The Barefoot Carmelite Convent of the Conception was founded in 1577 by Francisco Álvarez de Bohórquez and his wife, Catalina de Coria. The convent was opened in 1580.
The only 16th-century cloistered convent in Utrera has been uninterruptedly inhabited since its foundation. The building is smaller than the original one, as it underwent an extensive renovation in the 19th century funded by the Marquises of San Marcial. Today, it still has its vegetable garden and stockyard, as well as the cloister, the chapter house and the refectory. It also has locutories, guest quarters and a turntable. The turntable is used to deliver the delicious convent sweets that are on sale.
Currently, the convent of the Carmelite nuns in Utrera is a space for solidarity, prayer and interculturality. Many nuns come from the missions in Africa. Their intercultural contribution is patent in the songs, as there has been a fusion of traditional conventual hymns with the African rhythms.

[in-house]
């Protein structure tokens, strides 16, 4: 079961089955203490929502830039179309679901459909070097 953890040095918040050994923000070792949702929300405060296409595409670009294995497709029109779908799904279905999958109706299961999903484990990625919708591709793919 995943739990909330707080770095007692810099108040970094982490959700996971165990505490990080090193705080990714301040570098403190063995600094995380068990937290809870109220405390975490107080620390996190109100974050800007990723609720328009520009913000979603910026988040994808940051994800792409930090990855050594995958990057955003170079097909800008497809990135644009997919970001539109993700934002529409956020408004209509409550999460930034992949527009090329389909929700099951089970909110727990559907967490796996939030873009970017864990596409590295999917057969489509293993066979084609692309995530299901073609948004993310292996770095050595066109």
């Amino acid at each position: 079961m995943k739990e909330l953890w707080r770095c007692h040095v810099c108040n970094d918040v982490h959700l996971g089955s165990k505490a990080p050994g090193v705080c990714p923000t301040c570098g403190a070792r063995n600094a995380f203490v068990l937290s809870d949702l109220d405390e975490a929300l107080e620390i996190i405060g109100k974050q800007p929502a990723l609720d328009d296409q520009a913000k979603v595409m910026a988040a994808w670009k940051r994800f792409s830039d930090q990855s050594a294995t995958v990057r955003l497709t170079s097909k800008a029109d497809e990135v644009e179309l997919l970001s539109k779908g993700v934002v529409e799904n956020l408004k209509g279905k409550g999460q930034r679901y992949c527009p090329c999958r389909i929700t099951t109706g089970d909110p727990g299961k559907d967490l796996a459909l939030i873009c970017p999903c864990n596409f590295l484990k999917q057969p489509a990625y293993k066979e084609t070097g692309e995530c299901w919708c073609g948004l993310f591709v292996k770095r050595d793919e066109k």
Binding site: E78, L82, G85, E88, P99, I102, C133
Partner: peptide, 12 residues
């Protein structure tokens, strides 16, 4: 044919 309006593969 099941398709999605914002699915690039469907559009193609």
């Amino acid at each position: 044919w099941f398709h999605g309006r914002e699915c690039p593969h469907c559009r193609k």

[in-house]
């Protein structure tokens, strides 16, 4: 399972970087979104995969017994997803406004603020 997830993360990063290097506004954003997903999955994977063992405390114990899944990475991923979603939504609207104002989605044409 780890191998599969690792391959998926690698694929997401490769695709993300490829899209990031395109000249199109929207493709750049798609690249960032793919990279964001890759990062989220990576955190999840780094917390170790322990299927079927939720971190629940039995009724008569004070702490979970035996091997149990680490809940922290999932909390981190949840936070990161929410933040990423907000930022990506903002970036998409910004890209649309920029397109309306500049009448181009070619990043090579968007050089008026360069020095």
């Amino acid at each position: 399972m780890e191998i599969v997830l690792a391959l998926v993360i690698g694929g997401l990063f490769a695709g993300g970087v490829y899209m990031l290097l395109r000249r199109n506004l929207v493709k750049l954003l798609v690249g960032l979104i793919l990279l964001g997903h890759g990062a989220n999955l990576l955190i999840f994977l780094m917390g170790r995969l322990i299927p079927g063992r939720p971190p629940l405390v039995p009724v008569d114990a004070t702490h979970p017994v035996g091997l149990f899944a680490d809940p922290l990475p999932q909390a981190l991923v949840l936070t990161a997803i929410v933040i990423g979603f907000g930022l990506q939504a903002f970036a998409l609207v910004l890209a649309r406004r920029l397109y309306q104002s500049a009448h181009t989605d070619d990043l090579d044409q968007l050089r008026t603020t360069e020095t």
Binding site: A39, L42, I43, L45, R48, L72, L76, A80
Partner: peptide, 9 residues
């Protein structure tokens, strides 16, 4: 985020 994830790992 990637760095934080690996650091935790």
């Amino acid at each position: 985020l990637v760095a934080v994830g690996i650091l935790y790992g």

The Mudejar-style church has a single nave covered by wooden coffering decorated with Mudejar strapwork. At the west end of the nave stands a high choir also crowned by the coffered ceiling, while the rectangular, low choir is covered by a barrel vault with lunettes and barrel arches with plasterwork.
Behind the high altarpiece is the Sacristy, and above it the sacristan’s house with a plain ceiling. The two external portals, consisting of semi-circular arches, pilasters, triangular pediment and pyramid-shaped coping, have been restored. Its composition is typical of the style in vogue when the convent was founded.
9:00 - 13:00 and 16:00 - 18:00